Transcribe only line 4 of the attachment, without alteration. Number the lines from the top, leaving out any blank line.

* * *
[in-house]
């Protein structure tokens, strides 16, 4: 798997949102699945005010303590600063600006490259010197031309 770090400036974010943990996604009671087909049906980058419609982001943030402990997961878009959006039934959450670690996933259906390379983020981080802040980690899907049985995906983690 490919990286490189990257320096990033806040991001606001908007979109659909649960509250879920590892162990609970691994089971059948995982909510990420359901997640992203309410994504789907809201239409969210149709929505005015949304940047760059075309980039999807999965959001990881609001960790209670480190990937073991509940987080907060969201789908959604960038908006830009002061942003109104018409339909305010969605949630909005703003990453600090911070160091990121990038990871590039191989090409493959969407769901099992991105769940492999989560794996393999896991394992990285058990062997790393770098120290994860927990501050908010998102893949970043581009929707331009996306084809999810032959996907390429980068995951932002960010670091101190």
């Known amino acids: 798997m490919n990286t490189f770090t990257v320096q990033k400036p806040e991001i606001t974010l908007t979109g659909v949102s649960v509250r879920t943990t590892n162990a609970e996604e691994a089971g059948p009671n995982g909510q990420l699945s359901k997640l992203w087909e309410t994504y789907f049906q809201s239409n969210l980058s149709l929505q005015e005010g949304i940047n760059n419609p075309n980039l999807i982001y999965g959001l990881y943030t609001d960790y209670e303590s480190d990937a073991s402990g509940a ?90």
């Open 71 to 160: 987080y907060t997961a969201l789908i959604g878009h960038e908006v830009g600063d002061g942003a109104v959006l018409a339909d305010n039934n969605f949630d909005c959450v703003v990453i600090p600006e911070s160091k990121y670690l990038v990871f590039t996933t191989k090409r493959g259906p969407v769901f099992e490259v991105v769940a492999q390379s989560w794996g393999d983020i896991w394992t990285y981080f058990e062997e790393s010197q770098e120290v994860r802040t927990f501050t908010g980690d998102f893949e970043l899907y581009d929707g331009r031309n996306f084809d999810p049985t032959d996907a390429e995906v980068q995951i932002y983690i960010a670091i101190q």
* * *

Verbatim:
């Open 71 to 160: 987080y907060t997961a969201l789908i959604g878009h960038e908006v830009g600063d002061g942003a109104v959006l018409a339909d305010n039934n969605f949630d909005c959450v703003v990453i600090p600006e911070s160091k990121y670690l990038v990871f590039t996933t191989k090409r493959g259906p969407v769901f099992e490259v991105v769940a492999q390379s989560w794996g393999d983020i896991w394992t990285y981080f058990e062997e790393s010197q770098e120290v994860r802040t927990f501050t908010g980690d998102f893949e970043l899907y581009d929707g331009r031309n996306f084809d999810p049985t032959d996907a390429e995906v980068q995951i932002y983690i960010a670091i101190q």